Ukraine commemorates last year's Bucha massacre

Photo: Getty Images

One year ago, after Russian troops left the area, the Ukrainian military entered the city to discover bodies of dead civilians scattered over the streets and buried in mass graves.

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Images of death and devastation coming from a Bucha left in ruins after month-long occupation stirred a global outcry, prompting international leaders to condemn Russia’s action and calling for an end to the occupation of Ukraine.

Ukraine vows never to forget or forgive

President Volodymyr Zelenskyy said on Friday Ukraine would never forgive Russian troops responsible for alleged atrocities in Bucha.

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"When Bucha was de-occupied, we saw that the devil was not somewhere out there but on the ground. The heinous truth about what was happening in the temporarily occupied territories was revealed to the world," Zelenskyy said.

After Ukraine took back control of Bucha, harrowing images of dead bodies lying in the street were beamed across the world.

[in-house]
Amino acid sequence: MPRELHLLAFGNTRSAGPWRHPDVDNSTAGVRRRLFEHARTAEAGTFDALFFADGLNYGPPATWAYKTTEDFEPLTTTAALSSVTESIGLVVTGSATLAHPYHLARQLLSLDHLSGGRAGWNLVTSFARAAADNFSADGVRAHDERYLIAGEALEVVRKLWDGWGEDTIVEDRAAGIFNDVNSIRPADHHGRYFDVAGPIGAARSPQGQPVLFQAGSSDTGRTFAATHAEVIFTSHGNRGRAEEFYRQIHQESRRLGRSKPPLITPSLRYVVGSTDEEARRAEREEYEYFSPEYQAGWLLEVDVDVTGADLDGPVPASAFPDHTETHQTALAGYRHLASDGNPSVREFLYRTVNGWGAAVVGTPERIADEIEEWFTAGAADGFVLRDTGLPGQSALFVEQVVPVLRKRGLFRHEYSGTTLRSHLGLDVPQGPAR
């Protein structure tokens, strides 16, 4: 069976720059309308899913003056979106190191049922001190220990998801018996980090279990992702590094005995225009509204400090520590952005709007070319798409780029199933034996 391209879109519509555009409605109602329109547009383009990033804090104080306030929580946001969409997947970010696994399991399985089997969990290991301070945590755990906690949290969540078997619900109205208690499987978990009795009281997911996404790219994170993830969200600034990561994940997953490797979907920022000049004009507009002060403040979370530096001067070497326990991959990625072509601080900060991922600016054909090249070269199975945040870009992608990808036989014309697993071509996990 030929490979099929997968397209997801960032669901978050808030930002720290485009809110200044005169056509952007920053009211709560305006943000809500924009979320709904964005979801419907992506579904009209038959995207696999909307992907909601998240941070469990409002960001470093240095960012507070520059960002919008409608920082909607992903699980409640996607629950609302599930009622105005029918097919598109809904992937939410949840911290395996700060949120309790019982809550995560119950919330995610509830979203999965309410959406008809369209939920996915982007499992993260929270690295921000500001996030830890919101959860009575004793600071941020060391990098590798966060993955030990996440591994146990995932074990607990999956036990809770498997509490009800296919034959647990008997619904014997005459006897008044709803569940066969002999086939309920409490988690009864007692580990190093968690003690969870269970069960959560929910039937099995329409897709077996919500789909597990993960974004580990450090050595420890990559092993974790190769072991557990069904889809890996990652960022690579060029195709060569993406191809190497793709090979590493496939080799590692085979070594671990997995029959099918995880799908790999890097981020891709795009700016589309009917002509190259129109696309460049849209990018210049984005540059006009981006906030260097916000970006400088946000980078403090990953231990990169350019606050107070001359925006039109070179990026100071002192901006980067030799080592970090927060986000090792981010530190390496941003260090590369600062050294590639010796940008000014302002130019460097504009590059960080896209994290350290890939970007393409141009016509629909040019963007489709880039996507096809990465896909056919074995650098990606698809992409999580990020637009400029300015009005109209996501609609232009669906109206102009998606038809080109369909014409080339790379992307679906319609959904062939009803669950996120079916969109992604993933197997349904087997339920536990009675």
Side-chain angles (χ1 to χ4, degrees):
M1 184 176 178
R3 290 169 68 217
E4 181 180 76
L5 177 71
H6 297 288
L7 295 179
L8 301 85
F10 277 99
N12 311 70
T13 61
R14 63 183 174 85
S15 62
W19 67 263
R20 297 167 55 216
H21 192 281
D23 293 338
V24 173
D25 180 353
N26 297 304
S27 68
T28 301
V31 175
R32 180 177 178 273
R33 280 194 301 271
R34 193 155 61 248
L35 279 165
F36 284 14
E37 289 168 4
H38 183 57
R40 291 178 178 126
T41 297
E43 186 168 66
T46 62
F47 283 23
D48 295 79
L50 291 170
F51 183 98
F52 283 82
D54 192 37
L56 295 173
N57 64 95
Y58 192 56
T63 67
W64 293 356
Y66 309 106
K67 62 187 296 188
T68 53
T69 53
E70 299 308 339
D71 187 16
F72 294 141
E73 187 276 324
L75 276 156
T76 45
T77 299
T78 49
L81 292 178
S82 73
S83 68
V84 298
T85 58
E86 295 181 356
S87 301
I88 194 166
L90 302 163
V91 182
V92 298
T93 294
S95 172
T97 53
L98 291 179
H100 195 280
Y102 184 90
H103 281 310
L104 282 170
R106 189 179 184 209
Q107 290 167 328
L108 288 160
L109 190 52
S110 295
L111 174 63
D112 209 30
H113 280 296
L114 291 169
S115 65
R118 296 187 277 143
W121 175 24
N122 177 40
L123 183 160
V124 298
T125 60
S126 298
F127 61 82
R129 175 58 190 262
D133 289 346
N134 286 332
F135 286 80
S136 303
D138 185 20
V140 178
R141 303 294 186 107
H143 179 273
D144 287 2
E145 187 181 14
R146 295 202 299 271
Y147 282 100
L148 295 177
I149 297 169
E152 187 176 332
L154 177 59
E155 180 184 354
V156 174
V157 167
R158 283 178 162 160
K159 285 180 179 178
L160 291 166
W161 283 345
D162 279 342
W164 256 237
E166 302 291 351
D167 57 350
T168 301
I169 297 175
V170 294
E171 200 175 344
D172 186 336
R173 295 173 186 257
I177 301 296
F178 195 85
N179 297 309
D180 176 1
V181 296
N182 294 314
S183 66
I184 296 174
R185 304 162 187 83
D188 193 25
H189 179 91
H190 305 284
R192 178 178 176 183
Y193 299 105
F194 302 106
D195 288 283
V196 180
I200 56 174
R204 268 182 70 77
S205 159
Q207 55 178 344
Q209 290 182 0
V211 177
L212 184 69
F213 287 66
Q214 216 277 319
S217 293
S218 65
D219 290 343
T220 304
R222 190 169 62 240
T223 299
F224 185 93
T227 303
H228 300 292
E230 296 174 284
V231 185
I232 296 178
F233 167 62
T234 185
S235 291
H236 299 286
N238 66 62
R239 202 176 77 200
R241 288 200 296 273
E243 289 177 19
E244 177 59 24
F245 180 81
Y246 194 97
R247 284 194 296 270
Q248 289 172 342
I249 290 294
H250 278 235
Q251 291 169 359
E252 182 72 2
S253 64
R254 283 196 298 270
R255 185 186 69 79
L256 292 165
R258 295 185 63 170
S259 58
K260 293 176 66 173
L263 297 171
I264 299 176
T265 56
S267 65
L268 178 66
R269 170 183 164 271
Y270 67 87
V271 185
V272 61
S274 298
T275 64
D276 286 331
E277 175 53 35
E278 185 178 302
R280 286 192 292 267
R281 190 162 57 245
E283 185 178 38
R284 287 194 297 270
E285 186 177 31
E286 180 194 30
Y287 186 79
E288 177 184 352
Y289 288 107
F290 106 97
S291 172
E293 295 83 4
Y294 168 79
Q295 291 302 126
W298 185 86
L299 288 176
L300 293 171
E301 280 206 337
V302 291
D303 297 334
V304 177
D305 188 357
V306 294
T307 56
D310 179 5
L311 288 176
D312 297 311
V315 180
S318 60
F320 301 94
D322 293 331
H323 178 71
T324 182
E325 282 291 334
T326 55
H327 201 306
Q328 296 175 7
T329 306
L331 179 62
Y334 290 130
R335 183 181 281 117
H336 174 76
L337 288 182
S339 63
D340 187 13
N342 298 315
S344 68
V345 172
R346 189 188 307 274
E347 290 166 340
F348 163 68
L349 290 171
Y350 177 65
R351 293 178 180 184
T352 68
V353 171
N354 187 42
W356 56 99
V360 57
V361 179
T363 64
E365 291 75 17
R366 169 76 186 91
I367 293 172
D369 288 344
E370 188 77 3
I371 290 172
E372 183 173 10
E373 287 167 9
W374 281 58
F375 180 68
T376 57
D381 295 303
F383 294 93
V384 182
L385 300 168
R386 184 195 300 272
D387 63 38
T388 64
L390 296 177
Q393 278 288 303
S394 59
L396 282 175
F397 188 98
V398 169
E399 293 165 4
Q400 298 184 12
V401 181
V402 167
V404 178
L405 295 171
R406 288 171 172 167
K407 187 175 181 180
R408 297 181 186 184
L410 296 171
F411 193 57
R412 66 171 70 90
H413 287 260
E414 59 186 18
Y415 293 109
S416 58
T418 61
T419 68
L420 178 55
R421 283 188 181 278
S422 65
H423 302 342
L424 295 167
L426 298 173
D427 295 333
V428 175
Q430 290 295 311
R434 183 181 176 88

Russia's occupation of the town resulted in more than 1,400 deaths, including 37 children, Kyiv said. More than 175 people were found in mass graves and torture chambers and 9,000 Russian war crimes have been identified, it said.

Zelenskyy described the town as a "symbol of the atrocities" of Russian occupying forces. "We will never forget the victims of this war, and we will certainly bring all Russian murderers to justice," Zelenskyy wrote on social media. "We will never forgive. We will punish every perpetrator."

As the Ukrainian President called Bucha’s events genocide, he invited French forensic investigators to the site of a mass grave in the hope the involvement of foreign experts will prevent Russia dismissing as fake news allegations that its troops committed war crimes.

Ukrainian officials say hundreds of civilians have been found dead since the Russian withdrawal. The deputy mayor of Bucha has said 360 civilians were killed during the Russian occupation. Reuters could not independently verify those figures.